Investment in digital infrastructure: Why and for whom?
This study investigates the variation in attitudes across stakeholders towards investments in the digital economy. Using semi-structured interviews to identify attitudes about the spatially evolving socioeconomic importance of the digital economy in New Zealand, we identified seven distinct yet partially overlapping concerns that prioritise preferences for digital investment. A key finding is that there are important asymmetries in stakeholders' narratives and epistemological foundations that currently align to collectively strengthen resolve to invest in digital infrastructure and training, but this alignment may splinter in future. Some stakeholders saw internet access as coalescing social economy, and there were concerns that some people and some places would get left behind if access is not rolled out uniformly and as a priority. There were disagreements about who will prosper, who will get left behind, who should pay for upgrading digital skills, the extent that investments were connected with wellbeing and identity, whether fake news was significant, and the longevity of the impact of digital economy investments. This study contributes to theory by demonstrating that practically-relevant, socially-informed policy decisions can be underpinned by collective efforts that draw on heterogeneous narratives and multidimensional understandings.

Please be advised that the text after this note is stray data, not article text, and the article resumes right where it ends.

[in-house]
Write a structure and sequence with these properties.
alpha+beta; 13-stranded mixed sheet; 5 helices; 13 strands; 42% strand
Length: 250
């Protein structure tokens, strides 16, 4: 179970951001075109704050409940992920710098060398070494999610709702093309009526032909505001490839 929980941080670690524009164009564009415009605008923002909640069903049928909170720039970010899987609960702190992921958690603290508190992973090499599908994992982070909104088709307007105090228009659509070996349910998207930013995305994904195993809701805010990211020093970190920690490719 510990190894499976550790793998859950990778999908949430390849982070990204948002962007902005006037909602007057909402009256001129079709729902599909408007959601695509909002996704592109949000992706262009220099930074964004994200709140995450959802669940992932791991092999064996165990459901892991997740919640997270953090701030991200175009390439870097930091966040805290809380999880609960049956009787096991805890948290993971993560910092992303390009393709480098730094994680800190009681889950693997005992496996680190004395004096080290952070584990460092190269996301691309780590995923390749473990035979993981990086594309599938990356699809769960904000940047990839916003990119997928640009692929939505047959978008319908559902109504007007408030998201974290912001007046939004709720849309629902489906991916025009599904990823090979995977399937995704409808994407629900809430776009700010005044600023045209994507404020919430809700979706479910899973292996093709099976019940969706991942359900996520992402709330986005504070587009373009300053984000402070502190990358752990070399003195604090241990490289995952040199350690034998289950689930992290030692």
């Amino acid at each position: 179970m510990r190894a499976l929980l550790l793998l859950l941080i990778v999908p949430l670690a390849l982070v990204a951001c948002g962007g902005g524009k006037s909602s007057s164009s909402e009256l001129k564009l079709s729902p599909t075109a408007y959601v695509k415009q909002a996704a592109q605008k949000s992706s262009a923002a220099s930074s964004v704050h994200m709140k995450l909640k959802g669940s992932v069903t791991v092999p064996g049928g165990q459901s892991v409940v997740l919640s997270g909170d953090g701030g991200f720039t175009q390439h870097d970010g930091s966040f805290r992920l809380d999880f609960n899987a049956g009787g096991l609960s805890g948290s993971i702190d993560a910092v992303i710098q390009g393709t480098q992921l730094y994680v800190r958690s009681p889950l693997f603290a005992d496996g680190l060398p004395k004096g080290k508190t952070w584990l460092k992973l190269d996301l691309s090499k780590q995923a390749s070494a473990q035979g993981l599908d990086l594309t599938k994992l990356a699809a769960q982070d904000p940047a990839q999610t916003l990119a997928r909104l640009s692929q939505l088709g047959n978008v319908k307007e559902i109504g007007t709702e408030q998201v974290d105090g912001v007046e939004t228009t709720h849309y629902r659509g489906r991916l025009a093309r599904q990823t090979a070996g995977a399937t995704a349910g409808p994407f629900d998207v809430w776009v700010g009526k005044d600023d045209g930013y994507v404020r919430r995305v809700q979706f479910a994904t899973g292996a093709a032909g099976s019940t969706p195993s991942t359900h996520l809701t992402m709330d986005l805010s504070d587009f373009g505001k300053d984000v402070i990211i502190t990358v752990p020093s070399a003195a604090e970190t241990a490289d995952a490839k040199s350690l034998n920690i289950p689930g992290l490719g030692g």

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Copyright (c) 2022 Don J. Webber, Ellen Hughes, Gail Pacheco, Glenn Parry
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